Tuesday, 4 November 2014

Writing your introduction

My goal as a proof reader is to help you make a great first impression with your writing. The reason for this is that in writing (as in life) first impressions are often lasting impressions. A well written clear introduction can often mask (although certainly not disguise) a below average essay and a bad introduction can certainly reduce your chances of a good grade. So . . . what makes a good introduction?

Wednesday, 13 November 2013

Essay writing: the question

When answering an essay question it is important that before you start writing
you know exactly what the question is asking, so as to be able to answer it appropriately. I read a lot of essays that are either: too descriptive,  answer another question, start by answering the question and then move off target, provide a thorough background to all the issues raised by the question but never actually answer it. This is always difficult for me to see because their authors have spent a lot of time and effort in the research and writing, being let down only by the failure to fully understand the question.

Thursday, 10 October 2013

Getting started

The start of a new academic year brings fresh ideas and new blood to the universities in the UK and elsewhere in the English speaking world. Lots of you are settling in just now and realising the huge task that awaits you before you experience the jubilation of donning your graduation gowns. Despite the daunting year (or four) that awaits, this is an exciting time. I am excited about the opportunity help out the many international students who worry that there written English might put their chances of success in jeopardy, via my website. I really am - as I am mainly working on PhDs and journal articles at this time of year and late dissertations I am really looking forward to receiving some new shorter works by the incoming Masters students, and excited to see what different subjects I will have the opportunity to learn about this year! It is also a good time for me to get back to blogging, and to introduce newer readers to things they should consider now that they have begun studying in a new country and a different academic culture . . .

Tuesday, 4 December 2012


An idea of what it will be . . .

According to my much thumbed copy of the 'Shorter Oxford English Dictionary' the relevant definition of an abstract is: An abridgement or summary of a book, document, etc. and yet I frequently read abstracts that could better be defined thus: Separated from matter, practice or particular examples; not concrete. Indeed the goal of an academic abstract should be precision rather than abstraction.
For me an abstract needs to do and be the following, to a lesser or greater extent, depending on the requisite length and the purpose it is expected to perform:
  1. It should be primarily in the present tense (except for when discussing research that 'has been carried out' for which the present perfect is O.K.).
  2. It should be written as if the work is completed and exists - you are not planning it you have finished writing it.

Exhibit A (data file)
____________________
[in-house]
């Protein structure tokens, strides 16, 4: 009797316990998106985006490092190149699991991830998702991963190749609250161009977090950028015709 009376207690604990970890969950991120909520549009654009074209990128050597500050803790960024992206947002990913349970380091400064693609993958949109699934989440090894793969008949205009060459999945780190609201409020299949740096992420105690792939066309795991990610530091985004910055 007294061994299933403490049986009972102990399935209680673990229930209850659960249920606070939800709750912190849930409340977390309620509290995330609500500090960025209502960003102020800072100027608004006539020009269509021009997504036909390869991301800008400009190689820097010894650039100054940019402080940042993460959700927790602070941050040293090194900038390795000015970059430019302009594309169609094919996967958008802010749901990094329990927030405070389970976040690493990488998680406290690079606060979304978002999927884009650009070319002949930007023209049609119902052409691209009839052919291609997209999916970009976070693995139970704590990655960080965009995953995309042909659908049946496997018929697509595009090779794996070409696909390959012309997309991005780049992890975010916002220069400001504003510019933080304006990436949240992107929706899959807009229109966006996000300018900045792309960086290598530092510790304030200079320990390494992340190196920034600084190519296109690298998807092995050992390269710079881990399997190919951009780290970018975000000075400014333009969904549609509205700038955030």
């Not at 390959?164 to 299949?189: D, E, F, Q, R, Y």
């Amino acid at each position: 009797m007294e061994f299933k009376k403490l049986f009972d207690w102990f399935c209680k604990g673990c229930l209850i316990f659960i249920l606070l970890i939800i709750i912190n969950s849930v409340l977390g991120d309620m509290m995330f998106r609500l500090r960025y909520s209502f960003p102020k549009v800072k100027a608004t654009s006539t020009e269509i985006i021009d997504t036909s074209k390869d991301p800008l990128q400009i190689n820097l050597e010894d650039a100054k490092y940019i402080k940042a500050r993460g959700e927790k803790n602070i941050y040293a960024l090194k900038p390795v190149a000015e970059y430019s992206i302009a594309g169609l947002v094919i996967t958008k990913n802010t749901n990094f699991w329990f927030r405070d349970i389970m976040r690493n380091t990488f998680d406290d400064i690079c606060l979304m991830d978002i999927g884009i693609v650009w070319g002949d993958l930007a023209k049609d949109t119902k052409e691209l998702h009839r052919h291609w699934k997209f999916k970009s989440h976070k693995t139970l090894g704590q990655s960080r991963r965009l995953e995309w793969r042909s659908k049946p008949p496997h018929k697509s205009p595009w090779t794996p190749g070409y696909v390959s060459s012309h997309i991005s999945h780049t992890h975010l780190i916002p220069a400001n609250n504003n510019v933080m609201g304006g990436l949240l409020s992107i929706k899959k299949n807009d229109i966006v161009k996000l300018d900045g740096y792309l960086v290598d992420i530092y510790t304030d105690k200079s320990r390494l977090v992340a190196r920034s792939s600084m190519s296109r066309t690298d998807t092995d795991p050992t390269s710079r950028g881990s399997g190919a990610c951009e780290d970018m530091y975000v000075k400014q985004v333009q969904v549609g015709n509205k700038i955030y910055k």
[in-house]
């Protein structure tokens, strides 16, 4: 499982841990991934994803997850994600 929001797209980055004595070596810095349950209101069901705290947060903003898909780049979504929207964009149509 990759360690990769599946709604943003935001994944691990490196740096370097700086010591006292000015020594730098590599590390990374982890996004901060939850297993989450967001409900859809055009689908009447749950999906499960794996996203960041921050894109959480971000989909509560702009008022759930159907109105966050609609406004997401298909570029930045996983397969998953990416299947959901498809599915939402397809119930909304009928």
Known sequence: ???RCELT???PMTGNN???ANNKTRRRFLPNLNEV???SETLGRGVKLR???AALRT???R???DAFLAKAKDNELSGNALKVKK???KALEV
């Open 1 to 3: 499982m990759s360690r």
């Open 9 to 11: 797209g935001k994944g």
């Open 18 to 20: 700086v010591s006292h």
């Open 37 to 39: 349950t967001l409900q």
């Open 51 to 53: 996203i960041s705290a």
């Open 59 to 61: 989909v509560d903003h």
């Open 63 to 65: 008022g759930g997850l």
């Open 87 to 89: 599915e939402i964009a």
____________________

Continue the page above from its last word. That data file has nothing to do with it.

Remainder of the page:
3. It should tell the audience what the problem/gap is that you are investigating; why they care about it and what practical, scientific, theoretical or artistic gap your research is filling. 
  4. You then need to provide a brief description of the methodology used to acheive your results.
  5. Then give your findings – in an abstract your results and insights are not supposed to be a mystery – rather they are the crux of why someone will want to read your work.
  6. You should finish by mentioning the larger implications of your findings in relation to the problem/gap you initially identified.
The main purpose of an abstract is to sell your work to the reader - persuade them you are an interesting and informative writer and tell them what your work is about so they can judge quickly (i.e. by the third sentence) if your work is relevant to them. I am not and never have been a believer in the slow reveal in academic writing - you are either telling me something I need to know for my own research purposes or you are not - do not waste my time . . .
In the spirit of not wasting any of your time I only have one link for you and then I'm signing off:
Ah ha – you see what I did there!!
Top of Form
Bottom of Form

Saturday, 22 September 2012

Library psychology

Your attitude towards the University library is something that will no doubt be formed early on in your academic career. The way you use the library may help to determine your grade potential, and is more related to how you use it than the length of time you spend in it. There are a variety of approaches students apply to library based research and I will describe some of these to you below. Of course whether you are an undergraduate or a postgraduate will also have a big impact on how long you spend in the library and how successful your visit is . . .

Monday, 17 September 2012

Start as you mean to go on

Soon many of you will be embarking on your study programmes; many of you will find that time rushes by and the first assignments will be upon you before you have barely settled in. In this post  I will share with you some advice to help you through your first weeks . .  .

Monday, 10 September 2012

Fresh adventures

Preparing to take flight

Welcome to those of you who have taken the step to study abroad at an English speaking University. As you begin this month as Freshers you may feel daunted by the experiences you are facing. You may have left home to come and study in English as part of the wave of students recognising the growth of English as the language of academia worldwide, or you may be seeking adventure in a foreign land. Regardless of your motivations you will soon realise that this year has many challenges in store for you - not least of these will be meeting the requirements for producing good academic writing.